Distracted driving, which includes texting and talking on a cell phone, is a major cause of death on the road. Nearly two out of every 10 drivers and half of drivers ages 21 to 24 said they are texting while driving, according to a NHTSA survey. (Anne Rippy/Getty Images)
The National Transportation Safety Board today urged all U.S. states to ban drivers from using electronic devices while driving, including for text messaging.
The NTSB issued the recommendation after several investigations that found texting to be the cause of deadly accidents.
In Missouri, two people died and 38 were injured in a pileup in August 2010 after a 19-year-old driver rammed his pickup truck into the back of a tractor truck and was then hit by one school bus and then another. The teen was texting while driving, the NTSB found after an investigation, leading to today's ruling strongly recommending a ban on all mobile usage.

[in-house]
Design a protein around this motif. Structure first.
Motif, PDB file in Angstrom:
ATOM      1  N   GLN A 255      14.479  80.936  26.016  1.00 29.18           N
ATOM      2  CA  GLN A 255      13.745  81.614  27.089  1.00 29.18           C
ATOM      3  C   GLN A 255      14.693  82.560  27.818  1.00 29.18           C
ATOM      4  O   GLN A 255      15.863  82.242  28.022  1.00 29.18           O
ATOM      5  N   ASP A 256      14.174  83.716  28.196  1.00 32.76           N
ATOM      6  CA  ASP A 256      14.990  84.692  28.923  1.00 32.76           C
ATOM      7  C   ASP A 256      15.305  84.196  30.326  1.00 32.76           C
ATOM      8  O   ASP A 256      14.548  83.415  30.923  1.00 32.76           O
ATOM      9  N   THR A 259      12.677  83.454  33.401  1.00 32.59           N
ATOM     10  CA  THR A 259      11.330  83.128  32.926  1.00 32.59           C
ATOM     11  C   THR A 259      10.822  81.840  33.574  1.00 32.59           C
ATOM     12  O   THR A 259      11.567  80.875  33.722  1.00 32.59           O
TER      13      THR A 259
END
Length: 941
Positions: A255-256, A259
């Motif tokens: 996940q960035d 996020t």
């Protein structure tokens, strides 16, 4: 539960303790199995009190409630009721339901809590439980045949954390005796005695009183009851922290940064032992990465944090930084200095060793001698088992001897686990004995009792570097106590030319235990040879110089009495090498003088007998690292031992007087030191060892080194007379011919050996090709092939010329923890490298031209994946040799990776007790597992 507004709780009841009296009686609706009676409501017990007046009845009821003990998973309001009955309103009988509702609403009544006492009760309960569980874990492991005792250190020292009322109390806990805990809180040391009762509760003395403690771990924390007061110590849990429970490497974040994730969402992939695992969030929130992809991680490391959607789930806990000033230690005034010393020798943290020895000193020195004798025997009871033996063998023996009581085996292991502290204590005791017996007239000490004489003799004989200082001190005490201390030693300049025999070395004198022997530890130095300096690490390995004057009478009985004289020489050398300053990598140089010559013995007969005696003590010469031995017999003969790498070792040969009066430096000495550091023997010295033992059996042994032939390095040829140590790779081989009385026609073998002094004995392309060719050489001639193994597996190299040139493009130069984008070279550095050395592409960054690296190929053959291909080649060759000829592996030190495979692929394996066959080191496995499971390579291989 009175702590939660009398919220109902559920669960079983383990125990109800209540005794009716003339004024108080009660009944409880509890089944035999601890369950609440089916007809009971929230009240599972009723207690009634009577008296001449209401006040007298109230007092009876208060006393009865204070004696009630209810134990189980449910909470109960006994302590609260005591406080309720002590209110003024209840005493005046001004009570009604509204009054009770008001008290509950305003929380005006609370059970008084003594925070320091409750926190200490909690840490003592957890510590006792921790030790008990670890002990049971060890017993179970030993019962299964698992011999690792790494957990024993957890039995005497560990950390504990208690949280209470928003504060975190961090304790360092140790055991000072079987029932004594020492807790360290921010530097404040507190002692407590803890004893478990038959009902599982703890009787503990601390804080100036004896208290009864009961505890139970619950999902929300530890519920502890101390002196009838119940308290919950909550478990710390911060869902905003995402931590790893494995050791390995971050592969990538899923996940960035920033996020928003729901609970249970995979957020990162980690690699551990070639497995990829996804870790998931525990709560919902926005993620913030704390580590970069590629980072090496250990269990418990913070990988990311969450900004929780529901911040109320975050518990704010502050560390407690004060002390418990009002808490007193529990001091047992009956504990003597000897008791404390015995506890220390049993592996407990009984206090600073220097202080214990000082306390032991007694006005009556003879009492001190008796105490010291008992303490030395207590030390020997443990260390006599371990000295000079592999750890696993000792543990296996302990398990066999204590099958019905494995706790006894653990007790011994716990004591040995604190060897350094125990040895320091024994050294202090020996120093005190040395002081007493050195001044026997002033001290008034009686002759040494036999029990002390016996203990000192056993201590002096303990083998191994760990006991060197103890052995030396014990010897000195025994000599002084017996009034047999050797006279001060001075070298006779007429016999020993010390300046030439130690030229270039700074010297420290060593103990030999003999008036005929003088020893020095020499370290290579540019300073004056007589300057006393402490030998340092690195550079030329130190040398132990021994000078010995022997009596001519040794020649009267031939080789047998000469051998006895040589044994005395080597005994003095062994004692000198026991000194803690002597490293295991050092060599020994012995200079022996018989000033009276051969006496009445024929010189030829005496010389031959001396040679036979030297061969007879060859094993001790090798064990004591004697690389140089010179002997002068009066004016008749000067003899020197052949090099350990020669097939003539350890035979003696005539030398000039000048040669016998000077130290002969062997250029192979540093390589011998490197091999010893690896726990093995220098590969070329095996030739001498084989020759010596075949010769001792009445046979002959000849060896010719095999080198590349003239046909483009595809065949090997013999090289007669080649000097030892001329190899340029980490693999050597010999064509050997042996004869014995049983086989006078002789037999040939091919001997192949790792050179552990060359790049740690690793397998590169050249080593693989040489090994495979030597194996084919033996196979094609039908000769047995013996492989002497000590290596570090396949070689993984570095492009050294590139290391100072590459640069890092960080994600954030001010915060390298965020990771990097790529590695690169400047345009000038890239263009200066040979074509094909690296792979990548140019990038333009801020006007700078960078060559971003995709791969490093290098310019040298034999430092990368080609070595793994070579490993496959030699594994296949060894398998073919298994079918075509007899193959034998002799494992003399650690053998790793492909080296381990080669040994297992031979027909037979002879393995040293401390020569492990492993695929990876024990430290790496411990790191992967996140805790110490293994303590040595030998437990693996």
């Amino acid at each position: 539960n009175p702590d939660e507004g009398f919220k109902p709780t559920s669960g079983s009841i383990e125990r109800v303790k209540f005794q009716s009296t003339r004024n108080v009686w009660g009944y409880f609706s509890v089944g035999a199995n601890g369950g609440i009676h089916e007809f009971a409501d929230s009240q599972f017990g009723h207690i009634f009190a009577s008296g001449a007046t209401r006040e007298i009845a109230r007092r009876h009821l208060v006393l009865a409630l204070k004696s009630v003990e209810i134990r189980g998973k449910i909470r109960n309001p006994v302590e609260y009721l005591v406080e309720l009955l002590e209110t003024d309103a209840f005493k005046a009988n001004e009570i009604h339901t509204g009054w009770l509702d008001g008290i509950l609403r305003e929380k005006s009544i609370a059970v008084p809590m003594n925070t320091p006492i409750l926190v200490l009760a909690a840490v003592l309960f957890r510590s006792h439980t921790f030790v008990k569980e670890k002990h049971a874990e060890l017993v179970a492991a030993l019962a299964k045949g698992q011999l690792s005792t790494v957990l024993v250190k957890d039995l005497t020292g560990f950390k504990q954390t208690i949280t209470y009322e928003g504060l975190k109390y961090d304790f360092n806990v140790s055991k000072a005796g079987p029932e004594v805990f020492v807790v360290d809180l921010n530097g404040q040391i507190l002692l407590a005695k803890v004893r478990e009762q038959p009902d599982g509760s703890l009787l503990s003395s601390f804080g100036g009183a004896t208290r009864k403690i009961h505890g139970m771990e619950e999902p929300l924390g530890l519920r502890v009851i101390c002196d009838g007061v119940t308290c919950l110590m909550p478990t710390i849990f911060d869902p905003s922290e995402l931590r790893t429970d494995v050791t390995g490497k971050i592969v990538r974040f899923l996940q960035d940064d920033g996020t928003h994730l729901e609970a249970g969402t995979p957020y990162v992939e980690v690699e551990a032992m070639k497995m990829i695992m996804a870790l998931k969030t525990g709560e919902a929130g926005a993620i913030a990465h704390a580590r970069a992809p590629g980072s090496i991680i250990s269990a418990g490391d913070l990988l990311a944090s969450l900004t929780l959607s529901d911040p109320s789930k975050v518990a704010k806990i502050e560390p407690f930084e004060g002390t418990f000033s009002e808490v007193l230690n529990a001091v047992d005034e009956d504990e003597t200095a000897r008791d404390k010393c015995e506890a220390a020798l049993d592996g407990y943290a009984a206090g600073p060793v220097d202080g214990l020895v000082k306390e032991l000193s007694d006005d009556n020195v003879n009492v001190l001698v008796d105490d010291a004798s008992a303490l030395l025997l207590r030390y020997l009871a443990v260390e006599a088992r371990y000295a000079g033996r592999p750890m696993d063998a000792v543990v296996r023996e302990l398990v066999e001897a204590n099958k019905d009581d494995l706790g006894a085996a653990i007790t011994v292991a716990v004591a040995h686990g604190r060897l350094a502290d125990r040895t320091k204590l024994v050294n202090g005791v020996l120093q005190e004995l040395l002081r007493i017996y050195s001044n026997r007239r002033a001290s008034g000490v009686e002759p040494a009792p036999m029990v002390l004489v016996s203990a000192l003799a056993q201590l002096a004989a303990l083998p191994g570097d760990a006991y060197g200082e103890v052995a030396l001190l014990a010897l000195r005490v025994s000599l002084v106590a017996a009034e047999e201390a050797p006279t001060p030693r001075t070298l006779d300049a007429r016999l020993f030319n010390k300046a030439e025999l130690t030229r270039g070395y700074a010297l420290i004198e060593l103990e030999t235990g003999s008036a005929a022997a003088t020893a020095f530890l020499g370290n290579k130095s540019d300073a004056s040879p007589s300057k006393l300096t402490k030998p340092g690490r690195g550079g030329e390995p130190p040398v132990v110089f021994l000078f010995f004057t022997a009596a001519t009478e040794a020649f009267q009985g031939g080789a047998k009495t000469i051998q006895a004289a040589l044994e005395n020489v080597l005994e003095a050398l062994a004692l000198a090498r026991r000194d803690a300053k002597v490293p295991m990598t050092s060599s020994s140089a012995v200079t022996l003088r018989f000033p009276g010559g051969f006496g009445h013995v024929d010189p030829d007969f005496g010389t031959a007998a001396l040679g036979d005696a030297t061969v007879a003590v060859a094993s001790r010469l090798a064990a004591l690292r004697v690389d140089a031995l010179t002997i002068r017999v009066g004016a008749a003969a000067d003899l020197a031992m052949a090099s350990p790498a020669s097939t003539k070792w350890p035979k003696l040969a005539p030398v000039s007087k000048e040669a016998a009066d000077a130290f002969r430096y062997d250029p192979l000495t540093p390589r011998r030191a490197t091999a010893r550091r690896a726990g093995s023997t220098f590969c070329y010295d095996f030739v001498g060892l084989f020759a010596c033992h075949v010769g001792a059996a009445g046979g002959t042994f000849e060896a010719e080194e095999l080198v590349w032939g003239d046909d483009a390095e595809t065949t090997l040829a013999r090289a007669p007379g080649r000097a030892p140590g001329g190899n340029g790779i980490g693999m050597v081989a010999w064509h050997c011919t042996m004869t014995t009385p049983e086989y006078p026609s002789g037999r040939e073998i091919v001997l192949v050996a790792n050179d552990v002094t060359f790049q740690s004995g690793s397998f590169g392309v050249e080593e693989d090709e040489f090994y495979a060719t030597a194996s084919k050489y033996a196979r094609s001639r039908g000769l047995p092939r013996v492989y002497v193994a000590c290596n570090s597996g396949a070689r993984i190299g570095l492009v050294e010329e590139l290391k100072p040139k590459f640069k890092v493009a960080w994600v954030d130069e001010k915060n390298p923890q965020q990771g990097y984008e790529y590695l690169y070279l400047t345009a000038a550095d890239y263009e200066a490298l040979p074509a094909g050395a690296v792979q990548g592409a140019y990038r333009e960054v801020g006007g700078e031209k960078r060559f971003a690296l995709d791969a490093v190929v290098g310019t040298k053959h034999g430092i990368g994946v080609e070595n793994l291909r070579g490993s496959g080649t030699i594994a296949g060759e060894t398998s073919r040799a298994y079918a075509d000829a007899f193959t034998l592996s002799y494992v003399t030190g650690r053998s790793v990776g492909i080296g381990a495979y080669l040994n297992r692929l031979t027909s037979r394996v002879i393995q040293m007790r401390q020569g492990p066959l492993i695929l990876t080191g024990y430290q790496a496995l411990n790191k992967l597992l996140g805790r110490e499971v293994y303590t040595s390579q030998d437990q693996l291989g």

"According to NHTSA [National Highway Traffic Safety Administration], more than 3,000 people lost their lives last year in distraction-related accidents," NTSB Chairman Deborah A.P. Hersman said in a statement. "It is time for all of us to stand up for safety by turning off electronic devices when driving. No call, no text, no update, is worth a human life."
Though the NTSB doesn't have the power to enforce such a regulation, experts say the recommendation itself would have significant implications.